You receive a fatigue alarm (3+ or 4)

You receive a low battery message

You touch the screen

The system loses connection

What happens if the SmartCap gets wet?

You should be careful to make sure that the SmartCap is dry before use. If it gets wet, let it dry before using it. If you need a replacement SmartCap, contact your supervisor.

Is it affected by sweat?

A small amount of sweat is OK, however large amounts of sweat will cause the system to show the message: ‘Adjust Cap’. This is rarely an issue since SmartCap users at operations with high temperature / humidity are usually working in an air-conditioned cab.

How long does the battery last?

The battery in the SmartCap card will last 4-6 hours. If you receive a low battery message on the screen, you should change the card when it is safe to do so.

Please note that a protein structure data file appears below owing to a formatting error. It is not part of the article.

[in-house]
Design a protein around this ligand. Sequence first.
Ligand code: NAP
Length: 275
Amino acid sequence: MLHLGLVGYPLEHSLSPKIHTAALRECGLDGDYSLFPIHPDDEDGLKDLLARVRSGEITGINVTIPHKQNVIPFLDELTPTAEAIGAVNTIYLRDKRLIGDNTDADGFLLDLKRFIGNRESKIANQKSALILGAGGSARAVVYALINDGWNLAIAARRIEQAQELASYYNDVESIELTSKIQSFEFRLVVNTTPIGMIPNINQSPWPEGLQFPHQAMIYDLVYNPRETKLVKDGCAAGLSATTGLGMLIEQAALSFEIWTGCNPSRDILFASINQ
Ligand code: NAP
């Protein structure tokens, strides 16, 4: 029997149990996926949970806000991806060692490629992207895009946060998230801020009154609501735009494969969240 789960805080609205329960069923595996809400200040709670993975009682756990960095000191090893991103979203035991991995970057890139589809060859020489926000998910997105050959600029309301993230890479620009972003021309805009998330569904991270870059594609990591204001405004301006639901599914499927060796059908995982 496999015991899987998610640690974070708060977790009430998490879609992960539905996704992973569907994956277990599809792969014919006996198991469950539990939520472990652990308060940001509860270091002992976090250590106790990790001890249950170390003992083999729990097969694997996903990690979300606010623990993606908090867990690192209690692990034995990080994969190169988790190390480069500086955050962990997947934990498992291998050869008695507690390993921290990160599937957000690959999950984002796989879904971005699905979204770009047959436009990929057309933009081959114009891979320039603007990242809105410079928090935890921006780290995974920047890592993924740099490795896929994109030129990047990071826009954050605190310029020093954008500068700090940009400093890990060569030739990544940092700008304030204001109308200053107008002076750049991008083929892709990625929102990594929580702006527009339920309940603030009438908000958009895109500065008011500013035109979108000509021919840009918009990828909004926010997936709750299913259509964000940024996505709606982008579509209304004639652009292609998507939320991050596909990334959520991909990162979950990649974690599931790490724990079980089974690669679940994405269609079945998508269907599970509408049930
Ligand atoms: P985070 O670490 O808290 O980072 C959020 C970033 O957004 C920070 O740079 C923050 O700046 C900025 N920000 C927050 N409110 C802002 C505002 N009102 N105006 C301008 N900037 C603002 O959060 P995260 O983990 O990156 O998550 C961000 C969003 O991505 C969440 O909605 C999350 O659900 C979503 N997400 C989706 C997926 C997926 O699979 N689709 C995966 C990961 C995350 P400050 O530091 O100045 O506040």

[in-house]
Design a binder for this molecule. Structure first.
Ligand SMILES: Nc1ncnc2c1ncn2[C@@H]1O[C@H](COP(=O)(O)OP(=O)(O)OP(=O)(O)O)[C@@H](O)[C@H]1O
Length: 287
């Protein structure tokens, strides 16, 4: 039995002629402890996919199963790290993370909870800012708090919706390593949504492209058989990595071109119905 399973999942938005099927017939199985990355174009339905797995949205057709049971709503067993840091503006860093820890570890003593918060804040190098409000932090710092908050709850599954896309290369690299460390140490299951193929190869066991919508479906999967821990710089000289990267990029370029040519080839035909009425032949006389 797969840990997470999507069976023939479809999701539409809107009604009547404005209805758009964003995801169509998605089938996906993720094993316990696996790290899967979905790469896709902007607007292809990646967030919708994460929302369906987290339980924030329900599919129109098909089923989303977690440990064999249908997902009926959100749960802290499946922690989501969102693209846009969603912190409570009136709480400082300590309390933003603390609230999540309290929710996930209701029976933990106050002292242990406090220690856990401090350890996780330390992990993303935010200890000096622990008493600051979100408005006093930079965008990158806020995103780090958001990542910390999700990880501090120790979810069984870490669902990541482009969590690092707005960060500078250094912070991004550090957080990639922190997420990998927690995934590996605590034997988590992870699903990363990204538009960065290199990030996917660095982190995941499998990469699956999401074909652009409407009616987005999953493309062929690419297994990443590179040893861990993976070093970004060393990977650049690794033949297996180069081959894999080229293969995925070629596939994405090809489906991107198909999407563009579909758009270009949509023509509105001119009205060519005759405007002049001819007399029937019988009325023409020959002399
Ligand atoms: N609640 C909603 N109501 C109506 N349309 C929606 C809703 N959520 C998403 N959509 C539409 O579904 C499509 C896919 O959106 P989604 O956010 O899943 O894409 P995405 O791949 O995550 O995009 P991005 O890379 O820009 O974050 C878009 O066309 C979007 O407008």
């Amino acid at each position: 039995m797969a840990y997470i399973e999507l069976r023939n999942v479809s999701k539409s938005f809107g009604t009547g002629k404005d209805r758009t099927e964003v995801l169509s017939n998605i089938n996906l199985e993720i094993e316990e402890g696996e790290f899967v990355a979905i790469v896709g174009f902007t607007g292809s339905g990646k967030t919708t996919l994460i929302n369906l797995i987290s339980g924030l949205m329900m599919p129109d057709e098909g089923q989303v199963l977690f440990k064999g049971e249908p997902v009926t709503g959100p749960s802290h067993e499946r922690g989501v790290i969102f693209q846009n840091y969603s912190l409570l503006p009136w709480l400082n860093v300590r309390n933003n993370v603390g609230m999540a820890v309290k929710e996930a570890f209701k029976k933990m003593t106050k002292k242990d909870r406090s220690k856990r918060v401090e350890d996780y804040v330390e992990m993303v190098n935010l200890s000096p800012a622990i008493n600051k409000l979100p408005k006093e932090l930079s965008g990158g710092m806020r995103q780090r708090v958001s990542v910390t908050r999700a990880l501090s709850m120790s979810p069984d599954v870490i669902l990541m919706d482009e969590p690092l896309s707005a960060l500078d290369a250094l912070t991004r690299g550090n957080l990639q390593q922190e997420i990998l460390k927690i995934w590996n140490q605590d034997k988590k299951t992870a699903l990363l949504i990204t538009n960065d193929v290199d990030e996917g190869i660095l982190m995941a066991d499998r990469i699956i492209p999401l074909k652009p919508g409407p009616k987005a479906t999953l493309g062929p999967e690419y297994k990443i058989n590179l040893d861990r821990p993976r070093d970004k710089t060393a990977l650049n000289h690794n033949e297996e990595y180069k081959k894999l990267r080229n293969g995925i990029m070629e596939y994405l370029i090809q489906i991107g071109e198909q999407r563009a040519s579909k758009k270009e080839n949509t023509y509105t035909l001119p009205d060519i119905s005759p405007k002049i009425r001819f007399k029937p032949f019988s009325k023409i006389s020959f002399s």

If you plug a card into your SmartCap but a Bluetooth connection isn’t made within one minute, remove the card and try again. If it fails a second time, the battery may be flat. Try with a different card.

What happens if I take my SmartCap off temporarily?

If you take off your SmartCap while the card is plugged in the system will detect this within 30 seconds.

Is there any interference with radio, cellular phones or others?

No. Devices do not interfere with the SmartCap, and the SmartCap does not interfere with other devices.

Do I need to use the same SmartCap card each time?

No. All cards are the same. Use any of the cards.

Do I need to make my cap tight?

No. The SmartCap does not need to feel tight to work. If it is too loose, you may see the message ‘Cap Off’ or ‘Adjust Cap’. If this happens, you should tighten your cap a little.